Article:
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Litro Gas Company Head Shalila Moonesinghe Arrested Over Computer Hacked Robbery Of Taiwan Bank Funds

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The head of the state-owned Litro gas company, Shalila Moonesinghe, is among two people arrested in connection with millions of rupees wired to a state bank, believed to be from a computer hacking and robbery of a Taiwan bank, officials said Monday.

Moonesinghe, who is also the leader of the New Democratic Front under whose nomination Maithripala Sirisena won the January 2015 Presidential election, is being held by the police Criminal Investigation Department.

Officials said Moonesinghe and another identified as J. C. Nammuni were in custody after they attempted to withdraw millions of rupees that had been wired to their local bank accounts from the hacked Taiwan bank.

Police officials said about $1.3 million had been wired to at least three back accounts maintained at state-bank branches in Colombo.

Police have not disclosed the third person involved, but he is believed to be a businessman with international links, closely associated with former president Mahinda Rajapaksa as well as key figures in the current administration.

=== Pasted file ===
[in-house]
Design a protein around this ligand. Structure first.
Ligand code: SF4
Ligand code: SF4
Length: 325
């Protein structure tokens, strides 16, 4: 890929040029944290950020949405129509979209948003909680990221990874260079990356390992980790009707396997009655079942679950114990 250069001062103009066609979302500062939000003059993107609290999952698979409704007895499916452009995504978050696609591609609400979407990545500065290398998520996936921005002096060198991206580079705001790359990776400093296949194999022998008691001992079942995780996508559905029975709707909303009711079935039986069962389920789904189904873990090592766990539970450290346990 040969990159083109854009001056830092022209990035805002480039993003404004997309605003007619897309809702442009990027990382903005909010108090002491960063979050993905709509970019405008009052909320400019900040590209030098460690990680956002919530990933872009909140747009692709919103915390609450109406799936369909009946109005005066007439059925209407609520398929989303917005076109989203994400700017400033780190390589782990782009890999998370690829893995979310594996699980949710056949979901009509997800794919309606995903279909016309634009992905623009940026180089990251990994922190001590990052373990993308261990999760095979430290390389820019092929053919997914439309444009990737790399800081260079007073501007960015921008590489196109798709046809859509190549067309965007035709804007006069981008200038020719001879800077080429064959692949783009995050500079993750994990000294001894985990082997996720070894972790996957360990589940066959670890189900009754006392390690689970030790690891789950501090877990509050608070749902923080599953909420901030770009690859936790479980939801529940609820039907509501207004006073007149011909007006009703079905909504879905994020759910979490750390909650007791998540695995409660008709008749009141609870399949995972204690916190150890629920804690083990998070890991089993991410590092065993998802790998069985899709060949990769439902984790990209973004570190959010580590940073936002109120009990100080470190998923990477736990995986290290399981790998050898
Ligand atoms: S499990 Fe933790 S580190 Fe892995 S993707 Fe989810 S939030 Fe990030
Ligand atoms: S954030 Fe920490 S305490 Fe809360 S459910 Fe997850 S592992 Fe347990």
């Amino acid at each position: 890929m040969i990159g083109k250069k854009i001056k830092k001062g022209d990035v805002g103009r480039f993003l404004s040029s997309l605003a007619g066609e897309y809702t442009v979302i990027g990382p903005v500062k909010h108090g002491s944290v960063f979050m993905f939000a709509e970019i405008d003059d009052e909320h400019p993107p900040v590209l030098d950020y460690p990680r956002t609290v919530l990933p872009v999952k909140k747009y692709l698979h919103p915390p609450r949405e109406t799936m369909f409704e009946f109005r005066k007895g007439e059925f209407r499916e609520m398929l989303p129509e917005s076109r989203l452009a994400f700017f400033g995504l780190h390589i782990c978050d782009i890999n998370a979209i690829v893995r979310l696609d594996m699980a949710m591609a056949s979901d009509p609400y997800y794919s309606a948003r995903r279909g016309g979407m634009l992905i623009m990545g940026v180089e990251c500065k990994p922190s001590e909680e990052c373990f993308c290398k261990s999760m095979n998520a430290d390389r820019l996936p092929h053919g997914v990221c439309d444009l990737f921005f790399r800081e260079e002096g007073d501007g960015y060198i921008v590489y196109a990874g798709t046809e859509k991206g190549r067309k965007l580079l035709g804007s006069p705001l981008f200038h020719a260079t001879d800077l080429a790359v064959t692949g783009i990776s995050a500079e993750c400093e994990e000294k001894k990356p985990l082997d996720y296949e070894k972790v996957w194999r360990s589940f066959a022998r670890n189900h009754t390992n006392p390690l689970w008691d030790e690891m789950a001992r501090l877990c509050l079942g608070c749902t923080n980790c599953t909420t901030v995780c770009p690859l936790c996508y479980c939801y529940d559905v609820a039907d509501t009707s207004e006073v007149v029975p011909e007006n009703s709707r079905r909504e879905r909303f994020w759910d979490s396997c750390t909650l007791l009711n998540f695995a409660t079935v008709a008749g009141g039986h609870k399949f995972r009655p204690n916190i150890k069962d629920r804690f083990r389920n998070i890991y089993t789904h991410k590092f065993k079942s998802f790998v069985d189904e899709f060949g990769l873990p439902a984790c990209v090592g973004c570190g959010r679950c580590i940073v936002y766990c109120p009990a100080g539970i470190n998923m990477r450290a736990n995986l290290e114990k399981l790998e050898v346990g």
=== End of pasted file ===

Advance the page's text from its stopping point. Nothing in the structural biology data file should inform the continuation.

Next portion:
Police said over the weekend that they were helping Taiwan authorities track down the international criminals who hacked into computers at a Taiwan bank and stole millions of dollars last week.

“We are looking at some $1.3 million that had come into three accounts in Sri Lanka,” a police official involved with the investigation said yesterday.

“We have taken two people into custody and we are looking for one more person.”

Police in Sri Lanka did not disclose the name of the affected bank in Taiwan or the sum said to have been stolen, but media reports in both countries had said it was about $60 million.

In Taipei the Financial Regulatory Commission confirmed that the local Far Eastern International Bank’s SWIFT system had been hacked through a computer virus but gave no details.

Taiwanese media quoted the bank as saying that it detected irregularities in its SWIFT system and there were suspicious transactions starting Thursday to Sri Lanka, Cambodia and the United States.

However, Taiwan police have recovered most of the money with the help of counterparts in other countries, the reports said.

Bank officials were not immediately available for comment.

Sri Lankan police investigated a similar theft in February last year when hackers broke into the computer system of the Bangladesh central bank and transferred $20 million of stolen money to a Sri Lankan businesswoman.

The money was recovered and a court investigation is pending.


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